Take a quick stroll around any city or town, and you’ll see iPhones wherever you go. In restaurants, on public transport, even in churches!
However, the impression you get in the physical world may not paint an entirely accurate picture of what the market is really doing.
Undoubtedly, Apple is the leader when it comes to hardware profit and App store revenue. However, it is Android phones that hold the biggest share. In fact, Android phones achieved a market share of 88% of the world market last November and steadily retain a share of 70-80%.
Android phones are particularly popular in Europe and Asia, where there are many bilingual users. What’s more, throughout the world, Android phones are consistently more affordable than their Apple counterparts. Of course, the Galaxy and Pixels buck this trend but, on the whole, there are plenty of affordable Android phones out there… even if it does mean missing out on the best camera in the world.
A further big advantage for Android users is that Android devices are compatible with Google’s myriad of services and applications, meaning that all the data you could possibly ever need is right there at your fingertips. This is not quite the case on iOS devices. While Google apps are available for the iPhone, the user experience can often feel rather disjointed because they were not specifically designed for iOS platforms.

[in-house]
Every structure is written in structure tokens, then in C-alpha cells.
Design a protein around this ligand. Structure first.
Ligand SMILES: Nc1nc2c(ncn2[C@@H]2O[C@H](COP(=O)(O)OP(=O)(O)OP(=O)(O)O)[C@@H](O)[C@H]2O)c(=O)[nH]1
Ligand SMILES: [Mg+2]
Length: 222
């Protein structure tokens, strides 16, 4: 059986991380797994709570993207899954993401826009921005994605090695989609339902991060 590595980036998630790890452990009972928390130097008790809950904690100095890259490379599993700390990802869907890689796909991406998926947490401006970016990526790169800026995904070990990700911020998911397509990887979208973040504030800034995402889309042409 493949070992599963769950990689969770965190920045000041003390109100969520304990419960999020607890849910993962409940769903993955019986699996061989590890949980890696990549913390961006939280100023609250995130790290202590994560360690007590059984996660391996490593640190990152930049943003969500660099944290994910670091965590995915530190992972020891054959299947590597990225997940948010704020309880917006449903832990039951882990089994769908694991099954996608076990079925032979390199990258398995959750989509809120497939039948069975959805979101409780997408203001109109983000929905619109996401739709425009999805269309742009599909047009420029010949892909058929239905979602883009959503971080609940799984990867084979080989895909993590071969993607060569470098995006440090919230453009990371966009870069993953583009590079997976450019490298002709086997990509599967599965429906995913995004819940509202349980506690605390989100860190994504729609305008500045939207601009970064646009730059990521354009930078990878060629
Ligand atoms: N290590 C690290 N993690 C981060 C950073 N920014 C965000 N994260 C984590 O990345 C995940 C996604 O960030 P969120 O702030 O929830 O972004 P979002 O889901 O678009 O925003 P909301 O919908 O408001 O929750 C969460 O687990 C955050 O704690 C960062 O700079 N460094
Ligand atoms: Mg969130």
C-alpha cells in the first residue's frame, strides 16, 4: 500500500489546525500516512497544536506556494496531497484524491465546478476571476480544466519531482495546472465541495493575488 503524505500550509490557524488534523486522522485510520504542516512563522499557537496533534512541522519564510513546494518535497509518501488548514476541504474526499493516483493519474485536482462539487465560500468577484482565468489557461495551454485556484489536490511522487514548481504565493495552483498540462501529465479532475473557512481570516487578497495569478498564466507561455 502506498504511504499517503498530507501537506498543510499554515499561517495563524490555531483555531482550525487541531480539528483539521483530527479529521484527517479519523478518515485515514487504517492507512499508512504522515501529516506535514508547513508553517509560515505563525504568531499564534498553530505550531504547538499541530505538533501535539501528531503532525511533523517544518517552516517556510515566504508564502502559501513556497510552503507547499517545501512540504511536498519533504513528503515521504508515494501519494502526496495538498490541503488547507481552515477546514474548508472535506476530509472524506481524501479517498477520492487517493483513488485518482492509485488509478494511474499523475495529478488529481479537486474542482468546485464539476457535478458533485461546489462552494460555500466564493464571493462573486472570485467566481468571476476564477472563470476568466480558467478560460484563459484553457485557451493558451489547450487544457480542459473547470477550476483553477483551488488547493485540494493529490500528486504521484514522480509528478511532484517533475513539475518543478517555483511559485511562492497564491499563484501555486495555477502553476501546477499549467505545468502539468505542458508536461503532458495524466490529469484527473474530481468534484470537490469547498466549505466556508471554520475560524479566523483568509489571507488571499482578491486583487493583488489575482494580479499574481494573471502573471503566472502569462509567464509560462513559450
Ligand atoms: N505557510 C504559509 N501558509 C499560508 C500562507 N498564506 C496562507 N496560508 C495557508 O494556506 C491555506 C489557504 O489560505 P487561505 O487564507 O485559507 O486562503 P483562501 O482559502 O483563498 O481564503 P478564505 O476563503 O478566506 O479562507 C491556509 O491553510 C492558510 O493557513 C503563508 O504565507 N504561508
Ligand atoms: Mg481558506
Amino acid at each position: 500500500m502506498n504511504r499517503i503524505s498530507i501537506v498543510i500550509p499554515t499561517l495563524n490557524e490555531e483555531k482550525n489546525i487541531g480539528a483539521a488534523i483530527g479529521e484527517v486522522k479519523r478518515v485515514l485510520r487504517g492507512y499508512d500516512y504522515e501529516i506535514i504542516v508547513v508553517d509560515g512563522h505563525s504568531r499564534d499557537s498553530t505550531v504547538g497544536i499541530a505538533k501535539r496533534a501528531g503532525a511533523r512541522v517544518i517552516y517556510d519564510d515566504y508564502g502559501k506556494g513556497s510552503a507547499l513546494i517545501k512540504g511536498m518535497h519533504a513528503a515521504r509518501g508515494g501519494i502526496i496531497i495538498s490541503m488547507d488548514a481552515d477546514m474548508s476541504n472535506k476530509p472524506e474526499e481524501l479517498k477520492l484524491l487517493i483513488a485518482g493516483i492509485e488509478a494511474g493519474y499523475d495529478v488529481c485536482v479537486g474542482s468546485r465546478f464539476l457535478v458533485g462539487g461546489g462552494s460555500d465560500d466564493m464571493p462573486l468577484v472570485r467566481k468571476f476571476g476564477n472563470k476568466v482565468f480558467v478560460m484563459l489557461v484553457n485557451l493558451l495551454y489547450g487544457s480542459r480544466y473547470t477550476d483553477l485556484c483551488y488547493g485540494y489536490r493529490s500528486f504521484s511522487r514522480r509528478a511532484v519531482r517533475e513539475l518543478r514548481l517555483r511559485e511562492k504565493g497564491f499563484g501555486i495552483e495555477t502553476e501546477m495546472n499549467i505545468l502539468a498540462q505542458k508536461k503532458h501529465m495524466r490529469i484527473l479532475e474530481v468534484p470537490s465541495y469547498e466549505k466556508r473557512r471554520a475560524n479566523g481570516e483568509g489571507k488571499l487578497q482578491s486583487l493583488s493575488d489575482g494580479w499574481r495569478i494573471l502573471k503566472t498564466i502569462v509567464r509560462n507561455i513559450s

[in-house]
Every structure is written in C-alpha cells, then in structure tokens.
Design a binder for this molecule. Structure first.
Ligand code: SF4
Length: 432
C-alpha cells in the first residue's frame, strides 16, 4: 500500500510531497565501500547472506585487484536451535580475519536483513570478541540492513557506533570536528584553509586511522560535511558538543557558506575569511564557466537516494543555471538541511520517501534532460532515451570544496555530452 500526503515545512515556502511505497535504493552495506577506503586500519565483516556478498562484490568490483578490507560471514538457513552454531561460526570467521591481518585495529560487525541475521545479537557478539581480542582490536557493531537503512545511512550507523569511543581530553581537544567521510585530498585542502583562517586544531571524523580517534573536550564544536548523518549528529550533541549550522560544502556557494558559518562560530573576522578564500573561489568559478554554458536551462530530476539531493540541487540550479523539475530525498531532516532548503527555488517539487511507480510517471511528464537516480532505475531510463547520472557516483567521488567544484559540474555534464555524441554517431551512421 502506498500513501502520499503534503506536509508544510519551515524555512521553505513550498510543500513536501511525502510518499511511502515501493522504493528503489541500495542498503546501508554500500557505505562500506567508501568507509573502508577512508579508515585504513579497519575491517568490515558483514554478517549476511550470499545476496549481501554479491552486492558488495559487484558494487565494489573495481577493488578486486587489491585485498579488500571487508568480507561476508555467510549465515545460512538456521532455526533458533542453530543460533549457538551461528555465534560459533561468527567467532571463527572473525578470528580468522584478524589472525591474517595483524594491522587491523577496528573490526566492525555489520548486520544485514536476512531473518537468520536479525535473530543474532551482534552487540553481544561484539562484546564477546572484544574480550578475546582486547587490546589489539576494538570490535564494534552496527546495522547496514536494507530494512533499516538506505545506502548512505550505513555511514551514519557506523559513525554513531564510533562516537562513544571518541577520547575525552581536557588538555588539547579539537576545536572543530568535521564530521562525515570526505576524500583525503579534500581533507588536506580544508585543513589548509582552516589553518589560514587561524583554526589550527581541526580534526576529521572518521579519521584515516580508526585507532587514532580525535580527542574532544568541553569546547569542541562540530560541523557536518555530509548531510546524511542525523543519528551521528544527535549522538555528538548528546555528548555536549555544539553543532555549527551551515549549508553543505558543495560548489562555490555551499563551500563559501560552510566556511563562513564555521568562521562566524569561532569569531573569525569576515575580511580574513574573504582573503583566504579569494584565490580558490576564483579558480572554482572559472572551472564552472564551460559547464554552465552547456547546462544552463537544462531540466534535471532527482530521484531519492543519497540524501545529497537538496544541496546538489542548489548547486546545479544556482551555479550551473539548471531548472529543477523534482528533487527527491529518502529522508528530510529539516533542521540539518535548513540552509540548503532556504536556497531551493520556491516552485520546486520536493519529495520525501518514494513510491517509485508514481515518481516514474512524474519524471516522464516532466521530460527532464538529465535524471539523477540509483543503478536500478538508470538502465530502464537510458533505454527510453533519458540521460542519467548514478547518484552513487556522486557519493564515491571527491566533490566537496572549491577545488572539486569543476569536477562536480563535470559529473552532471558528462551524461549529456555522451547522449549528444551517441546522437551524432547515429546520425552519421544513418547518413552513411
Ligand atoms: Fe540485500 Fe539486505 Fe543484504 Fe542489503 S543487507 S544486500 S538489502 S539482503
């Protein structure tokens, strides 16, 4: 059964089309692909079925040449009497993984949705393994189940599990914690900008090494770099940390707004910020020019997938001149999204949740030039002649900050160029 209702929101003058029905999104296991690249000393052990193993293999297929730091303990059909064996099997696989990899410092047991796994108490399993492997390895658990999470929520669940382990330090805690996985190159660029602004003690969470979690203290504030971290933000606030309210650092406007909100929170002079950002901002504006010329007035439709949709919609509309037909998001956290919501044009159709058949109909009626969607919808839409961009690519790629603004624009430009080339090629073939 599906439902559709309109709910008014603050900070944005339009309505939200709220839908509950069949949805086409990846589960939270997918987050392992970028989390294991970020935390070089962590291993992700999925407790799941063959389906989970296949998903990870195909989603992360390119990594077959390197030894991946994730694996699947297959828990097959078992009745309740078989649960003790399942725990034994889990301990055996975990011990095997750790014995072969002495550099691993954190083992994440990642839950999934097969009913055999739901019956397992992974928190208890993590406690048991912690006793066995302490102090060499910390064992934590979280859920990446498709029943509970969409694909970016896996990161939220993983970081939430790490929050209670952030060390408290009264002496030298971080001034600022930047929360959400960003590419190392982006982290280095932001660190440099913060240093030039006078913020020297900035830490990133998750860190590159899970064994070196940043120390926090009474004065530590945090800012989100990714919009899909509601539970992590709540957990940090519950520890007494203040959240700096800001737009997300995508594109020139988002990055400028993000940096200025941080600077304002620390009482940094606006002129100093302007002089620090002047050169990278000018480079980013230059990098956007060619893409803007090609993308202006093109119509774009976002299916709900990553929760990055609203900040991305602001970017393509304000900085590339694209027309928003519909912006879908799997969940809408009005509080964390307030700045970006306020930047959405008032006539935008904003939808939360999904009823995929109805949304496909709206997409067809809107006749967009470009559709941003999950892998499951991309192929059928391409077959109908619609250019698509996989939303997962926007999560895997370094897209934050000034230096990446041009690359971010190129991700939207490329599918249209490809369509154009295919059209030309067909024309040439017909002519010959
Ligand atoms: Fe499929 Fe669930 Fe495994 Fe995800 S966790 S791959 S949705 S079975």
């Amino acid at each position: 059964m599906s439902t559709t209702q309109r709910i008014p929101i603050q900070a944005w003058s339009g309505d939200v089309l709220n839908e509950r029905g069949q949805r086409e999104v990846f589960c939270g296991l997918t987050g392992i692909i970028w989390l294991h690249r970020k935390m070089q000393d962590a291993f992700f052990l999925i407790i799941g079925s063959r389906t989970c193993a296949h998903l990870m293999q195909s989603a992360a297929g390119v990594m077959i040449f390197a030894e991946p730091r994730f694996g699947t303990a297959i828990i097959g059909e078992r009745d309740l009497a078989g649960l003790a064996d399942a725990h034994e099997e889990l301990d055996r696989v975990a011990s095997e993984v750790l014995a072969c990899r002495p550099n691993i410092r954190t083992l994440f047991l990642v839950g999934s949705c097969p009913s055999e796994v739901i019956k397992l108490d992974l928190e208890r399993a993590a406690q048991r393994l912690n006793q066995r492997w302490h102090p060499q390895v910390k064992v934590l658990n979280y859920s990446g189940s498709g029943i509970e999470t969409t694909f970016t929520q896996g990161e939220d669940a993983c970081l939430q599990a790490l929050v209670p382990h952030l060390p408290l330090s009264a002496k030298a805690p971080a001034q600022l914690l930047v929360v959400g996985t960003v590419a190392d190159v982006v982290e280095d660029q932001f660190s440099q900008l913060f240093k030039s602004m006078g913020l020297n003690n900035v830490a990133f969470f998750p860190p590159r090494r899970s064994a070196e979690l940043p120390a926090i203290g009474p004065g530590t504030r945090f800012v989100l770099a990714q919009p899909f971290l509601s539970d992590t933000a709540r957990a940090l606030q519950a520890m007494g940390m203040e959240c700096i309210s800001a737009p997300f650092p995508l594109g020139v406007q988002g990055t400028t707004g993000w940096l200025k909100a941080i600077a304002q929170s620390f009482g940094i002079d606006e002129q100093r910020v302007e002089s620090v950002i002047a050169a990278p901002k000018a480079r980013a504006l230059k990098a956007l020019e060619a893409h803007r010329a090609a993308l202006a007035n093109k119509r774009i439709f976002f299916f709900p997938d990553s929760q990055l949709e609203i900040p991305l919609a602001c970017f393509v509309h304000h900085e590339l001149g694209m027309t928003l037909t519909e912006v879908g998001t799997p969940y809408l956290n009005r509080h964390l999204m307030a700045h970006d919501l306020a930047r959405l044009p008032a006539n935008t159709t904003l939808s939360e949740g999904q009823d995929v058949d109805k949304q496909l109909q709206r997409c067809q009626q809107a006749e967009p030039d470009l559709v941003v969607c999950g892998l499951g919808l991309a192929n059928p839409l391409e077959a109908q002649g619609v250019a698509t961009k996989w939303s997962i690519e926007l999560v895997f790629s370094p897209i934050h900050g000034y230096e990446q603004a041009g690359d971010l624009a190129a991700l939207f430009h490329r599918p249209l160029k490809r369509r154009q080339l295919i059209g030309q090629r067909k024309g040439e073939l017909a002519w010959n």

As the above indicates, many avenues may be open to you that are not available through an iOS app alone if you’re developing android apps.
Another major advantage for users is Android’s Google integration. From Maps to Drive, all Google services data is readily available on your phone. This feels cohesive. On the contrary, on iOS, the Google apps are separated and disjointed because they are not native to the platform.
These are a few ways that an Android app can exponentially increase your user base, especially on an international scale.
It’s important to note that, while Android has secured a majority market share, this doesn’t mean you should rule out iOS apps. The App store can represent a strategic springboard from which you can launch your app and test it with a critical audience. However, if your final goal is to get your app into the hands of a global audience, Android is where it’s at.
2) Releasing an Android App Can Boost Your Website Rankings
Getting your app out there will depend as much on your search engine optimization as it will the user interface and underlying functionality.
It is imperative that your app can be found by the search engines. To achieve this, you can tap into a range of SEO strategies that are designed to ensure robots like Google perceive your app to have something of value for your target audience.